“I’ve been homebrewing for a while, but getting on a commercial system is a big difference because it’s scalable,” Lefeber said. “A lot of problems you would run into in an industrial setting you would run into here. It prepares you for the industry.”

Hans Zoerb, who lectures on brewing in the Food Science program in the College of Agricultural and Life Sciences at UW-Madison, said the potential is there for an innovative brewing center on campus. The state has a strong brewing history, the industry continues to grow, brewers are creating more complex beers and the university has the science base and experience with other programs to make it a success.

“The dairy side is our model,” Zoerb said, referring to the Center for Dairy Research. “That’s what we’re trying to get to.”

The university, with funding from the state’s wine industry, is in the process of hiring a specialist who will help winery and cider companies with microbial and quality issues, train winemakers how to detect off-flavors and give the industry access to labs and university experts.

James Steele, a Food Science professor, said he could see a day when the university hires a brewmaster to teach and be a resource for the state’s brewing industry. The brewing lab could also be home to short courses that could focus on myriad issues and topics that would be of interest to brewers and others in the industry.

“Really, what we’re trying to do is take what we’ve learned from working with the cheese industry for more than 125 years and do similar things for the beer, wine and cider industry,” Steele said. “Interacting with industry in the Department of Food Science is something that we do daily. We’d like to expand that to other parts of the fermented foods industry.”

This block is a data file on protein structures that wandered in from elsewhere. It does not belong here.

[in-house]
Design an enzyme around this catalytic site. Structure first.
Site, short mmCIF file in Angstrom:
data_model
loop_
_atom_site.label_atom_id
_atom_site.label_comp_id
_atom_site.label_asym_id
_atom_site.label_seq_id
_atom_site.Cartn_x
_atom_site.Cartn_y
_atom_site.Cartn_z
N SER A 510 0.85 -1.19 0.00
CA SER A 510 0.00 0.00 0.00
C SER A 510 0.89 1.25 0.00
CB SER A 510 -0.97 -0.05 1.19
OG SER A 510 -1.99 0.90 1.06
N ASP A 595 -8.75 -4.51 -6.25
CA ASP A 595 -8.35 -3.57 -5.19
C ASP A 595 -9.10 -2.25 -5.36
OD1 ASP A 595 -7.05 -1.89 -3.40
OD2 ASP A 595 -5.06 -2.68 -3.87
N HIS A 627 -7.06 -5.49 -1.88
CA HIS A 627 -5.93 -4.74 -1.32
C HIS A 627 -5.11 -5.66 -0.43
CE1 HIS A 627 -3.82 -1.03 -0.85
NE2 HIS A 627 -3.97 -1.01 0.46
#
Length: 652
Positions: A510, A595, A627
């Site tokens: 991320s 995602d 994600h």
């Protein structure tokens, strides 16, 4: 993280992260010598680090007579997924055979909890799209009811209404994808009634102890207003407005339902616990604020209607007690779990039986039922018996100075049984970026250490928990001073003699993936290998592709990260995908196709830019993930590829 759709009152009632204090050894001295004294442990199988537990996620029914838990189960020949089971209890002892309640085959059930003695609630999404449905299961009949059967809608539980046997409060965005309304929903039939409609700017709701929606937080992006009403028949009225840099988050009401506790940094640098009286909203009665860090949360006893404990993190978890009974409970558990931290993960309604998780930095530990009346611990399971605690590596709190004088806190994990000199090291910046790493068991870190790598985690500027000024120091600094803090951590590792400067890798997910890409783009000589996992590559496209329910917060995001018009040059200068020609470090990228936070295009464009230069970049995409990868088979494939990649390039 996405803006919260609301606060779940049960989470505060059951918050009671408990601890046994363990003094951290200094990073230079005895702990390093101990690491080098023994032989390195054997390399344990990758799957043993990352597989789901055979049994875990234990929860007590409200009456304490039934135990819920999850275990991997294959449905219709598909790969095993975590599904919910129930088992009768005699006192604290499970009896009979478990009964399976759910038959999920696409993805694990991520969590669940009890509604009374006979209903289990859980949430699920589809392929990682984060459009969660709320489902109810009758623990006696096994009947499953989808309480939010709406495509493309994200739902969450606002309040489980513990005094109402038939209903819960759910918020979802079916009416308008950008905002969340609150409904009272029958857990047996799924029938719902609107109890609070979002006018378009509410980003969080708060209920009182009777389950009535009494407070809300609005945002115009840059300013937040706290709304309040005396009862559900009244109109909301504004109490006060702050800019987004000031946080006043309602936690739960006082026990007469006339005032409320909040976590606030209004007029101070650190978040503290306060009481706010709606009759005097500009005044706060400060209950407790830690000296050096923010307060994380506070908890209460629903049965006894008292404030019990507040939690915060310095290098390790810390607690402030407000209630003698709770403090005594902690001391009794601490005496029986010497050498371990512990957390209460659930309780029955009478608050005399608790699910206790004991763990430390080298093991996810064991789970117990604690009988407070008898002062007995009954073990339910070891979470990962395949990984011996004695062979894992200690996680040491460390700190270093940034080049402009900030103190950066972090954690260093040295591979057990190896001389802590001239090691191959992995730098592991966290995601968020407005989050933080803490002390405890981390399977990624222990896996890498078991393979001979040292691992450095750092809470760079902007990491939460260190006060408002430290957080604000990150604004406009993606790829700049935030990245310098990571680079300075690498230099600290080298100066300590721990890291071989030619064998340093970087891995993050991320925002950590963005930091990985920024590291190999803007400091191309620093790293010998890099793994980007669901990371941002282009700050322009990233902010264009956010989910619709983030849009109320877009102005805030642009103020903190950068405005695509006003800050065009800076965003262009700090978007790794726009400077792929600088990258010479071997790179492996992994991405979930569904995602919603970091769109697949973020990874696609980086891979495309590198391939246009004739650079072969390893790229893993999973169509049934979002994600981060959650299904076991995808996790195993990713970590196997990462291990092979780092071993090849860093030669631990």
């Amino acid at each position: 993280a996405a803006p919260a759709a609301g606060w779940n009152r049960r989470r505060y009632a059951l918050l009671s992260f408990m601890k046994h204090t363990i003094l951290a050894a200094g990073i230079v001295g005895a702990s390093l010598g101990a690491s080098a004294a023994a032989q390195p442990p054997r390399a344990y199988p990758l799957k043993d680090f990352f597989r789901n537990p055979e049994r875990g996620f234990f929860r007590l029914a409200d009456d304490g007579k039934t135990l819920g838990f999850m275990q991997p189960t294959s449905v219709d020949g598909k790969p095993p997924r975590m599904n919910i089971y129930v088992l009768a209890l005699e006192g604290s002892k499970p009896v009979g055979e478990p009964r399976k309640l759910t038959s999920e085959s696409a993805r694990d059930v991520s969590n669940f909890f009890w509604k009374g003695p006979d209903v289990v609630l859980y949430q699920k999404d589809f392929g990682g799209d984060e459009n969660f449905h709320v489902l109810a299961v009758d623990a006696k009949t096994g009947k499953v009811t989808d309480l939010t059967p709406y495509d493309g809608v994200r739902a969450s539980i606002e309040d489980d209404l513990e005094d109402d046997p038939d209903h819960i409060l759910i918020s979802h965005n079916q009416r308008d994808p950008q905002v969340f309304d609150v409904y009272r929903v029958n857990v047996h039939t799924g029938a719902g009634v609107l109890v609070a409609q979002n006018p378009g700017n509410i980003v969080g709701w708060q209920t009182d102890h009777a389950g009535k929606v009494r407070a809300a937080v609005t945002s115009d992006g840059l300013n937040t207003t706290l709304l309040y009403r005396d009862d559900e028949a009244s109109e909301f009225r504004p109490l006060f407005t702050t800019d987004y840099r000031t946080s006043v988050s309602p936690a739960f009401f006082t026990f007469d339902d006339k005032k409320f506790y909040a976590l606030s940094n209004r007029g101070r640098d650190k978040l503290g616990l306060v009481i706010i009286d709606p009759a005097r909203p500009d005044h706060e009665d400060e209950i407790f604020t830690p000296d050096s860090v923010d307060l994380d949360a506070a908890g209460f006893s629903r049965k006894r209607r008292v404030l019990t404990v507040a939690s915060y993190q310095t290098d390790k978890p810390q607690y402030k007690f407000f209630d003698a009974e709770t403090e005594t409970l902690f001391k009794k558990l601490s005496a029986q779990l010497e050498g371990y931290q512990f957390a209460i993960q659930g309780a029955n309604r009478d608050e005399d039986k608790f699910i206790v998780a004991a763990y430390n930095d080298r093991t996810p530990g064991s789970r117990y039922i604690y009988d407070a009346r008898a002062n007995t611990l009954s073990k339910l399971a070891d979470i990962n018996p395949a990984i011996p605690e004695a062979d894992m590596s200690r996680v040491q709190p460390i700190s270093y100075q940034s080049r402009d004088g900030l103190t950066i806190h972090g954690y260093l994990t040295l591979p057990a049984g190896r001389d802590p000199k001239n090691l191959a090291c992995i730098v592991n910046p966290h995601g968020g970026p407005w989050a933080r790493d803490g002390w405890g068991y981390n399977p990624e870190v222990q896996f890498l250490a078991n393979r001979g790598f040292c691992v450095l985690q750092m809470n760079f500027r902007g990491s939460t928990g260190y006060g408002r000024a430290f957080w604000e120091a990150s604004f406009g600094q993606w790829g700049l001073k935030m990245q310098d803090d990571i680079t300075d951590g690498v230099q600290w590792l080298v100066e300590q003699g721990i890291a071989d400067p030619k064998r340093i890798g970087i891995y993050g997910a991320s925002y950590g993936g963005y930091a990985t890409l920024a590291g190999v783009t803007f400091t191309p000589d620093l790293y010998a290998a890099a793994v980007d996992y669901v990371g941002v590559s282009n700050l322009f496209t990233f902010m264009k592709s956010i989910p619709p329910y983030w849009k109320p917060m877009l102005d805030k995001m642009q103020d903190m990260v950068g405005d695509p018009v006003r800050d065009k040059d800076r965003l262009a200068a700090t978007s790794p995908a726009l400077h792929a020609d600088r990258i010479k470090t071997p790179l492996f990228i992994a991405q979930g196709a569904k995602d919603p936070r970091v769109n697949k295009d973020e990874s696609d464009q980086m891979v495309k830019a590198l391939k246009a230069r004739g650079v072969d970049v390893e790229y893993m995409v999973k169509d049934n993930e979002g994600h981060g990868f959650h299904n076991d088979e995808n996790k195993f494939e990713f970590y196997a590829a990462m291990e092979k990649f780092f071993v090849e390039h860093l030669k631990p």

When students arrived for Zoerb’s lecture last Wednesday in a first floor classroom at Babcock Hall, they listened to Zoerb talk about fermentation, hops and the conversion of acids to isoacids. He also advised students to keep detailed notes of recipes and procedures.

“Good scientists have a note pad in their hand. It’s really important that you do that,” Zoerb said, referring to a well-received milk stout created last year by a student but for which there was no documentation. “We’ll do a lot of bad beer tasting and a lot of good beer tasting. We hope you’ll become better brewers.”

Zoerb said none of the beer brewed will leave the building. A small amount will be tasted but the majority is dumped down the drain. The 18 students, 15 of whom are homebrewers, were also warned not to eat the ice cream in the shared walk-in cooler next to the brewing equipment that includes three fermentation tanks.

Jacob Perlson, 21, past president of the Badger Brewing Association, a student homebrewing club, is headed to medical school and likely won’t work in the brewing industry, but he jumped at the chance to take part in the collaborative brewing program.

“What’s most appealing about this class is the opportunity to have something you brew in the Union,” Perlson said. “That’s been the dream of some students in the club for a long time. It’s a really unique opportunity.”

Students will experiment with their recipes through February with brewing taking place under the guidance of an instructor just down the hall from Stephen Babcock’s wooden roll-top desk. They can use a variety of grains but must use a yeast selected by Nelson, who has more than 30 years of brewing experience, has won scores of awards for his beers and is a co-founder of Wisconsin Brewing Co. that opened in late 2013.

The winning brew must be red in color but attain that color not through dyes but with traditional brewing ingredients and practices, Zoerb said. The lager must be 5 percent or less in alcohol by volume and the name for the beer will need university approval, Steele said.

“I’ve given them a range of things, and they have to formulate it,” Nelson said. “Craft beers are here to stay. To me (the collaboration is) the next logical thing to start to get a more sophisticated potential work force entering the market.”


Barry Adams covers regional and business news for the Wisconsin State Journal.